Of course I cannot go into detail about our high-level talks regarding the future economic cooperation of Israelis and Palestinians, but the bit you all want to know is that he likes his doughnuts filled with dulce de leche toffee-caramel, and is very partial to bruschetta with gravadlax on the top.
Thursday, December 29, 2005
Of course I cannot go into detail about our high-level talks regarding the future economic cooperation of Israelis and Palestinians, but the bit you all want to know is that he likes his doughnuts filled with dulce de leche toffee-caramel, and is very partial to bruschetta with gravadlax on the top.
Tuesday, December 27, 2005
Monday, December 26, 2005
Following the article on Friday, I couldn't help a wry smile on seeing this on LGF:
Channelnewsasia.com has a report from AFP that Palestinian prime minister Mahmoud Abbas/Abu Mazen has been rushed to a hospital.
RAMALLAH, West Bank : Palestinian Authority President Mahmud Abbas was hospitalised urgently in Ramallah, medical sources said. The sources did not provide any additional information about his health condition or the reason for his hospitalisation.
Friday, December 23, 2005
On the very day that five Israelis were murdered and over 60 injured outside a shopping mall in the coastal city of Netanya earlier this month, the official Palestinian newspaper Al-Hayat Al-Jadida reported that Palestinian leader Mahmoud Abbas had approved fresh financial assistance to the families of suicide bombers. The family of each "martyr" will now receive a monthly stipend of at least $250 - a not inconsiderable amount for most Palestinians. Altogether, the families of these so-called martyrs and of those wounded in terrorist attempts or held in Israeli jails might receive $100 million, according to Al-Hayat Al-Jadida.
Around 30% of the Palestinian Authority budget comes from international donations, including a hefty amount from the European Union. If an Arab government funded stipends to the families of the London or Madrid bombers, it would probably be pretty big news. But this is the Palestinian Authority, and no matter how little it does to discourage terrorism, or to educate its people to coexist with Israel, it can rely on excuses being made on its behalf by an army of sympathizers throughout the West - in the press, on college campuses and, most disturbingly, in foreign ministries.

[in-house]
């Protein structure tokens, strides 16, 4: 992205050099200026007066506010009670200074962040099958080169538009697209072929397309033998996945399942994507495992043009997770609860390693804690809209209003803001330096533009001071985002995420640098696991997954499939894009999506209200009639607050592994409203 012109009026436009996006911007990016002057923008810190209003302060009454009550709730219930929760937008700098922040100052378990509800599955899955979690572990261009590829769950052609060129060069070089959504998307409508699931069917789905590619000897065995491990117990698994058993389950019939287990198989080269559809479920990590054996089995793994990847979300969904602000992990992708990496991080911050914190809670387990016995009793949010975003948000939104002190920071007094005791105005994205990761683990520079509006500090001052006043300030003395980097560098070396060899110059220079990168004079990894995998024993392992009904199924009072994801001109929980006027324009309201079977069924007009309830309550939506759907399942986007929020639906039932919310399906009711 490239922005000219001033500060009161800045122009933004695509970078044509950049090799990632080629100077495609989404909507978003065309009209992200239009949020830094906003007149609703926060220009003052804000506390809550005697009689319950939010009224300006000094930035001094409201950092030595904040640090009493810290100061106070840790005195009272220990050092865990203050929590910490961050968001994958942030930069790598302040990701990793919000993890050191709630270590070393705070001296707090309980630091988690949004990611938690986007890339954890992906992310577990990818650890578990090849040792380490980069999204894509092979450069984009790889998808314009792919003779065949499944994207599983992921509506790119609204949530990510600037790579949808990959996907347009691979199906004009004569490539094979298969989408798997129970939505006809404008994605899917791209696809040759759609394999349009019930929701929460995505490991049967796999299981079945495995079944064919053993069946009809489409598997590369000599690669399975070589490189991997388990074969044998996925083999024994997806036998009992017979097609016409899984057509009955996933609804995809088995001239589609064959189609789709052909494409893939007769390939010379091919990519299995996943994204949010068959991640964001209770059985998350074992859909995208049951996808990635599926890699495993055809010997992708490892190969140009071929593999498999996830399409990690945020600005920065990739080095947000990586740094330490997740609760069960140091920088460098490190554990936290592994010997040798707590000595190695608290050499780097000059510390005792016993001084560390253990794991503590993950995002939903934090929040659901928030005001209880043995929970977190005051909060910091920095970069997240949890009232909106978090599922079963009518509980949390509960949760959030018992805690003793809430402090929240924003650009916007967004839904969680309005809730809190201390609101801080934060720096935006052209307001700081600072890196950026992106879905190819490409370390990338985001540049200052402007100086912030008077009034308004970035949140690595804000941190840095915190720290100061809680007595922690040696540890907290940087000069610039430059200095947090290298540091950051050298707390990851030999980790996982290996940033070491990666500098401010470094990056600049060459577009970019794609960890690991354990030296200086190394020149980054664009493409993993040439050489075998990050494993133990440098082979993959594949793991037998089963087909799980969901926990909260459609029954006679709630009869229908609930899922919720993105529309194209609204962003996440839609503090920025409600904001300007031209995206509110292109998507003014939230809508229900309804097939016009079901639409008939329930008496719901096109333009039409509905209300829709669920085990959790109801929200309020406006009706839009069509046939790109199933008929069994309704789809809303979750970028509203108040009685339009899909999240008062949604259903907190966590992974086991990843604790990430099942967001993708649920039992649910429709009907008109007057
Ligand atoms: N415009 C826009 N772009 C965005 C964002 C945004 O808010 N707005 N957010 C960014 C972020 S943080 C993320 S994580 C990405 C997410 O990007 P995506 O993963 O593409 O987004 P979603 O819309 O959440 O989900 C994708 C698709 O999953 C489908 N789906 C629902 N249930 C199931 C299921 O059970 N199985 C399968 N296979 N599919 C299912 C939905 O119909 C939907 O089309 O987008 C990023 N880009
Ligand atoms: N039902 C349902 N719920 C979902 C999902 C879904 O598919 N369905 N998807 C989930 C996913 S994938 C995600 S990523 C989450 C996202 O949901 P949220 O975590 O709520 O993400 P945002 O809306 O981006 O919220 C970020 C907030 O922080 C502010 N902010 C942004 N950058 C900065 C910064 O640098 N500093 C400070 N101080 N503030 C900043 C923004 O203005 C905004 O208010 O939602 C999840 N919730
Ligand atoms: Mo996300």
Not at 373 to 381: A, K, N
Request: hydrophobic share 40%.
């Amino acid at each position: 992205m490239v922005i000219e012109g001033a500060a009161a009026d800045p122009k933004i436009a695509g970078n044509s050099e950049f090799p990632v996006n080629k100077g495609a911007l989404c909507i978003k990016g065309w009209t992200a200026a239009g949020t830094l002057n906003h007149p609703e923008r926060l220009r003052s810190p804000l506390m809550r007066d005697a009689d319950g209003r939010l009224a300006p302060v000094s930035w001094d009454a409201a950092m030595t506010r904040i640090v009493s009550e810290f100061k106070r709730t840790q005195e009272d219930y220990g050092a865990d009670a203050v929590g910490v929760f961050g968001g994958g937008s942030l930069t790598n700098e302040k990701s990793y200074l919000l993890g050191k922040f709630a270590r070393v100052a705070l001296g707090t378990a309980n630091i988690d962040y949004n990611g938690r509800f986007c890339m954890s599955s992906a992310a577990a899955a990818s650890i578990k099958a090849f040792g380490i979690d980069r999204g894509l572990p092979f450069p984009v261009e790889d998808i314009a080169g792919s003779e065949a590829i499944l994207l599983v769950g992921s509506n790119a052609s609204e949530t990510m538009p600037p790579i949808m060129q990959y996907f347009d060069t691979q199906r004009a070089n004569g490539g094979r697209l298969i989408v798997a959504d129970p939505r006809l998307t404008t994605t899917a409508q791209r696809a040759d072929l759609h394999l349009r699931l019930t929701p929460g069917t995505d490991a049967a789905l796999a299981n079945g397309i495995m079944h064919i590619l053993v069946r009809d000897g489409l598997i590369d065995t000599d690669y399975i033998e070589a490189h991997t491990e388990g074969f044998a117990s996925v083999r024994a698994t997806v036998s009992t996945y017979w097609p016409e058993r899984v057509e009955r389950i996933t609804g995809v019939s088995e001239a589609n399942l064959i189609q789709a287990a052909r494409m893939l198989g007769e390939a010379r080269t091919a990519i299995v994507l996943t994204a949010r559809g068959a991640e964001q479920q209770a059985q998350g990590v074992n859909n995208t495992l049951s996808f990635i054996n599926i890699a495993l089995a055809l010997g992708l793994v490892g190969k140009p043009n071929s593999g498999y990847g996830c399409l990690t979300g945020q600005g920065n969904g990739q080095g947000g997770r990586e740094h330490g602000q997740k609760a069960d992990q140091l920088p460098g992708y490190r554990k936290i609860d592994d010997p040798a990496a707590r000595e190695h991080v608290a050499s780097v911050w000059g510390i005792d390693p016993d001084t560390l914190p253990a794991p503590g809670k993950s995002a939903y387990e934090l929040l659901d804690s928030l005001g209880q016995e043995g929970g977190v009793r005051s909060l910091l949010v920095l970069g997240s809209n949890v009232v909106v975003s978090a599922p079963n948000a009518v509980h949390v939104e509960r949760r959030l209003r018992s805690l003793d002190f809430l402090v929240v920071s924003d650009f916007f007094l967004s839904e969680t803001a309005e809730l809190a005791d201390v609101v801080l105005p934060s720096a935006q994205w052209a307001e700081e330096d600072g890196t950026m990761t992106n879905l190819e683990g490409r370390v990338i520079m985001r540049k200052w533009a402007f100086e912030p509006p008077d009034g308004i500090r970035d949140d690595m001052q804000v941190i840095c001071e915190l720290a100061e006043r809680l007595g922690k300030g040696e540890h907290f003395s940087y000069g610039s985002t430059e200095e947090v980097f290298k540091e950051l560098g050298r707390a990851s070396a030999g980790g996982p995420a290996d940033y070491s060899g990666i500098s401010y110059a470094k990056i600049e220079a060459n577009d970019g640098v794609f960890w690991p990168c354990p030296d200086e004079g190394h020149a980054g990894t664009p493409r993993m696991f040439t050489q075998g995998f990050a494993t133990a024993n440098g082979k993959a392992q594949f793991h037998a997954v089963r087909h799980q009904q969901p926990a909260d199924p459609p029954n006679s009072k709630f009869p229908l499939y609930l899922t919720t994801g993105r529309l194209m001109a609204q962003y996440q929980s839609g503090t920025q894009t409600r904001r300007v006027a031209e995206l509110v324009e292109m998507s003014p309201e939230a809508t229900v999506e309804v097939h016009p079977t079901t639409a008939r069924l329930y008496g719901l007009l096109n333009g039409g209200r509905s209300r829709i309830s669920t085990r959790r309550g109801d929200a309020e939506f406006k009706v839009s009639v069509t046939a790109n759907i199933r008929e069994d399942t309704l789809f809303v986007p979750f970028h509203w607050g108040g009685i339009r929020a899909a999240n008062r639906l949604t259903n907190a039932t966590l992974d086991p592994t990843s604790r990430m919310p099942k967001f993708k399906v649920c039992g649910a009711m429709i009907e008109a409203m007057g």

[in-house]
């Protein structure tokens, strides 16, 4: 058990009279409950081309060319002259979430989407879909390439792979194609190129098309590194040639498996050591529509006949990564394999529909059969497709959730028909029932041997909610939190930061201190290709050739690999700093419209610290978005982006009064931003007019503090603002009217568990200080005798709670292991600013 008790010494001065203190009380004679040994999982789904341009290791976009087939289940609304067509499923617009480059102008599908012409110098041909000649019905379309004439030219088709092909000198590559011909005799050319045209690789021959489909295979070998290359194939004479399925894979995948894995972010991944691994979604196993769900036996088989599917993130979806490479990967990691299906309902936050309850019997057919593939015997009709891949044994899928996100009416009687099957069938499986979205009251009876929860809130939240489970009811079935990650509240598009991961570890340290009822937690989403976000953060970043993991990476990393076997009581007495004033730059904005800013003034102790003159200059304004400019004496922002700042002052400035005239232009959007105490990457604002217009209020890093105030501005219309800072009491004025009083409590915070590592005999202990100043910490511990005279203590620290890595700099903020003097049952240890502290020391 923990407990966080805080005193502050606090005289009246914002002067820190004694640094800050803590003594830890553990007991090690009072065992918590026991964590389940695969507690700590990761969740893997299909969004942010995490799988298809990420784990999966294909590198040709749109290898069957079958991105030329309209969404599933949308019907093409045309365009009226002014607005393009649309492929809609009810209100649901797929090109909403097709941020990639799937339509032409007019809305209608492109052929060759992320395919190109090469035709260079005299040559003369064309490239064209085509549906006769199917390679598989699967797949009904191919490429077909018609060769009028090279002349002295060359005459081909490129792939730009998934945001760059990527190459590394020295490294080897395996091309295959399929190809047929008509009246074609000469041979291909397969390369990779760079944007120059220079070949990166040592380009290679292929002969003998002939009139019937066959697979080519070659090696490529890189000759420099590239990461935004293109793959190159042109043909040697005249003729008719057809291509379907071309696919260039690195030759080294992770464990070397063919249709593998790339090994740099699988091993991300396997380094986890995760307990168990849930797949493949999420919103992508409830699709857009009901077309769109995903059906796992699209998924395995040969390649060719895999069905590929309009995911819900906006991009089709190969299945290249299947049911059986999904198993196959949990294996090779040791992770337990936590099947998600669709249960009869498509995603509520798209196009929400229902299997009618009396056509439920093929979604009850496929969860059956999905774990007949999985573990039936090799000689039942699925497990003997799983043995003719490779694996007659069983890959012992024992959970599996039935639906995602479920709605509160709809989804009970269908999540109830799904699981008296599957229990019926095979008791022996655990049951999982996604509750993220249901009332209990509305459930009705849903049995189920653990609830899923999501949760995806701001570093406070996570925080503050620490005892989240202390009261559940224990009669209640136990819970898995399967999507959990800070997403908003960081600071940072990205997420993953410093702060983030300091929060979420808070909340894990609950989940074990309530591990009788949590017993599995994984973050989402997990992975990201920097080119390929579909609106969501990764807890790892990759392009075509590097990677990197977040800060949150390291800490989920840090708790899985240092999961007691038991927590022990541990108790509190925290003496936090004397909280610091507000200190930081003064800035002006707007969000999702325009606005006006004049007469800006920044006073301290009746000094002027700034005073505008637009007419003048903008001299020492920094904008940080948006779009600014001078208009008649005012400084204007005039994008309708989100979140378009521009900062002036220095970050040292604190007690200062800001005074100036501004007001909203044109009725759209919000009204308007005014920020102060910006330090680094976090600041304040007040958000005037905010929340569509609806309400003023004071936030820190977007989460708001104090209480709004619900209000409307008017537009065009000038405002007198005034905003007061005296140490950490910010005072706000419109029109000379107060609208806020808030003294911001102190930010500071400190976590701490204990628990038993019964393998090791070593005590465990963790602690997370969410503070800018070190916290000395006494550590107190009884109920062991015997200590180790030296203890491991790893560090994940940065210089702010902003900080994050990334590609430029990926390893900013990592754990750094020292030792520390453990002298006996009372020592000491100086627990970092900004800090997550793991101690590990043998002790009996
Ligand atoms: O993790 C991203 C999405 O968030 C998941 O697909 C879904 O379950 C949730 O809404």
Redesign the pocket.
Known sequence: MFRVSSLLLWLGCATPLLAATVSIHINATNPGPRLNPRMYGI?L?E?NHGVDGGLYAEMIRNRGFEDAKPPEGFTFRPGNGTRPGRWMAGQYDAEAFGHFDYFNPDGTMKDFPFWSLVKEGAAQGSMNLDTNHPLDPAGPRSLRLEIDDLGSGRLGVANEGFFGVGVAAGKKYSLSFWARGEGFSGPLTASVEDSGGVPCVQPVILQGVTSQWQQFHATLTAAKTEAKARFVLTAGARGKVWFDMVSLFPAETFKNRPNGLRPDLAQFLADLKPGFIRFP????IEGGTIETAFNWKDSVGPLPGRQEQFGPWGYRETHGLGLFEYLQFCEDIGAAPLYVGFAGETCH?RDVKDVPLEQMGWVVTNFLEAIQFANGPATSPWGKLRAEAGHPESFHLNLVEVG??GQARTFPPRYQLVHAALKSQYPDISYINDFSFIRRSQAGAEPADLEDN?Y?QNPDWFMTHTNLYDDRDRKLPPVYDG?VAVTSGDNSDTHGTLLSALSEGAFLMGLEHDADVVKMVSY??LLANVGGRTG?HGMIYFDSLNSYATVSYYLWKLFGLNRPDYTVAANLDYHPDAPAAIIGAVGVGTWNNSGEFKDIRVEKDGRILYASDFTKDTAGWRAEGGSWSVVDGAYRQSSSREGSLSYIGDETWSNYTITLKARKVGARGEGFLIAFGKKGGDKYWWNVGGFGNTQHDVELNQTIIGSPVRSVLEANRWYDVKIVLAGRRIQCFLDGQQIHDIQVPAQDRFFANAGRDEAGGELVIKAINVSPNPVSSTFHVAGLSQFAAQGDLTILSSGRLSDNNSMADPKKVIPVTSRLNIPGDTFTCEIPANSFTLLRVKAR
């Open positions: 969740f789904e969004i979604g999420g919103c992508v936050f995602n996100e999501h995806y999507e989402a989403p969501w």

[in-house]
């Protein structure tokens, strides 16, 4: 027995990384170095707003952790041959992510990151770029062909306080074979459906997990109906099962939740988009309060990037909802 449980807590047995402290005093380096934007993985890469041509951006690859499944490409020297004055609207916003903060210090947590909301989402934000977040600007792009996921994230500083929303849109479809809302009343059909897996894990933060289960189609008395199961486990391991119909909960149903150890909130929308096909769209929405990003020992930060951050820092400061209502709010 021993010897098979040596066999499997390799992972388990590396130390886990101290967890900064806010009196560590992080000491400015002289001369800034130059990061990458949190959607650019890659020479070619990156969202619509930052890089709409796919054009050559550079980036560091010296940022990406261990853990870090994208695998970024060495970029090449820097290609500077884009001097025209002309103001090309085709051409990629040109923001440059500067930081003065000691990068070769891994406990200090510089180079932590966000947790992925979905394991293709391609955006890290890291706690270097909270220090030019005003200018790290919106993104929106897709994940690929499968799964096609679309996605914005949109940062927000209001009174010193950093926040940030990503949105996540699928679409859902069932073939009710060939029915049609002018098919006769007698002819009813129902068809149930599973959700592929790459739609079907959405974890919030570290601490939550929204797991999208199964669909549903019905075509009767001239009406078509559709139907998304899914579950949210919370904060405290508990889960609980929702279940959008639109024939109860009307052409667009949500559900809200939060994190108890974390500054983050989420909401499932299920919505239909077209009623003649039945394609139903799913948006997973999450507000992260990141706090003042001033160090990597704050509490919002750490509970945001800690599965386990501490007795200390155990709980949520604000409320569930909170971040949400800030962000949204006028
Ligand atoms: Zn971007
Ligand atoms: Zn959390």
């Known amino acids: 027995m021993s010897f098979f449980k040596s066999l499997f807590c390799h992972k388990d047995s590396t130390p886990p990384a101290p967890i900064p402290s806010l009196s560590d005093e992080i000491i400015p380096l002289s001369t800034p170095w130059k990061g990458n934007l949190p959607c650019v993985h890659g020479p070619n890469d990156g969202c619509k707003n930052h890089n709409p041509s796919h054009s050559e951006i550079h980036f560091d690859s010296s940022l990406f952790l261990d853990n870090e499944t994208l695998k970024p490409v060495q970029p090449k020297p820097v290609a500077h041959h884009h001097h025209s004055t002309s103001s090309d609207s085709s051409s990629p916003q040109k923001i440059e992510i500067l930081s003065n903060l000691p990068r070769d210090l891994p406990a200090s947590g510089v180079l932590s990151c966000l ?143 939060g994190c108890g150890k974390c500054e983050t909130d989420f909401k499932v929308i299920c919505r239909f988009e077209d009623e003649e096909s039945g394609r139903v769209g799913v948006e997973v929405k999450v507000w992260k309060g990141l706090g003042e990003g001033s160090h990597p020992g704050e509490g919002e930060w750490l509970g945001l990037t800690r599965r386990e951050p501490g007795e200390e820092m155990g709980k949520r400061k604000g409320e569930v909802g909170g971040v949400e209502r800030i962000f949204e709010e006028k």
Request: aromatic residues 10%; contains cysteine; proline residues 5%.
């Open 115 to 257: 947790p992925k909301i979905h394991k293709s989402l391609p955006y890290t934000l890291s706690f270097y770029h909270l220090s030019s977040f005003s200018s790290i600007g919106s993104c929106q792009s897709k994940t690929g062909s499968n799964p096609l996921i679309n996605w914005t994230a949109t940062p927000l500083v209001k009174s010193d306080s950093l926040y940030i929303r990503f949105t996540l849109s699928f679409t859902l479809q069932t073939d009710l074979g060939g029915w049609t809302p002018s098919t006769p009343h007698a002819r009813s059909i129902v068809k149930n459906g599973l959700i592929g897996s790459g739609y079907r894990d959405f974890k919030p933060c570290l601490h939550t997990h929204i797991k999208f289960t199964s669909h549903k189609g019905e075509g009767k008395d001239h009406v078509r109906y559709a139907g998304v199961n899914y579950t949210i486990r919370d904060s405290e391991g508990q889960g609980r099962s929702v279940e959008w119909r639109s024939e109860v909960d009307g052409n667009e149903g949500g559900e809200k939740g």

For over a year now, since Mr. Abbas succeeded Yasser Arafat, his boss of 40 years, many in the West have done their utmost to "explain" or ignore Mr. Abbas's failings. But if Americans and Europeans are genuinely interested in promoting Palestinian-Israeli peace, it is time for them to take a realistic look at his record. Some Western commentators were quick to emphasize his condemnation of the Netanya attack. But did they really listen to what he actually said? True, Mr. Abbas condemned the Netanya suicide bomb - but only in the Palestinian Authority's usual inadequate and half-hearted terms. He said that it "caused great damage to our commitment to the peace process" and that it "harmed Palestinian interests." But he could not bring himself to say that murdering people is simply wrong.
His outright refusal to confront and disarm terrorists, in violation of the Road Map, hardly registers anymore in the Western media and where it does, it is usually excused and attributed to his relative political weakness. However, the media also give very little idea of the extent to which the Palestinian Authority continues to glorify terrorists. A typical instance is the elevation of Al-Moayed Bihokmillah Al-Agha, who murdered five Israelis in a suicide bombing in December 2004. When the Rafah crossing, the scene of his terror attack, was re-opened at the start of this month, the Palestinian Authority renamed it "in honor of Shahid (martyr) Al-Agha." Then there is the soccer tournament named in honor of the terrorist who murdered 30 people at a Passover celebration in Netanya, or the girls' high school named by the Palestinian Authority Ministry of Education after a female terrorist who murdered 36 Israeli civilians and an American nature photographer. (The school was recently renovated with money from USAID, channeled through the American Near East Refugee Aid.)
Examples could easily be multiplied. A poetry collection published by the Palestinian Authority Ministry of Culture, for instance, is named in honor of a suicide terrorist (dubbed "the Rose of Palestine" in one of the poems) who killed 21 at a restaurant in Haifa. (The collection was distributed this August as a special supplement in the daily Al-Ayyam. Most of Al-Ayyam's editors are appointed by Mr. Abbas.) Reliable nongovernmental organizations like Palestinian Media Watch meticulously translate such hateful material, but Western journalists almost invariably refuse to report it. They prefer to cling to the illusion that the present-day Palestinian leadership is genuinely striving to achieve peace and coexistence.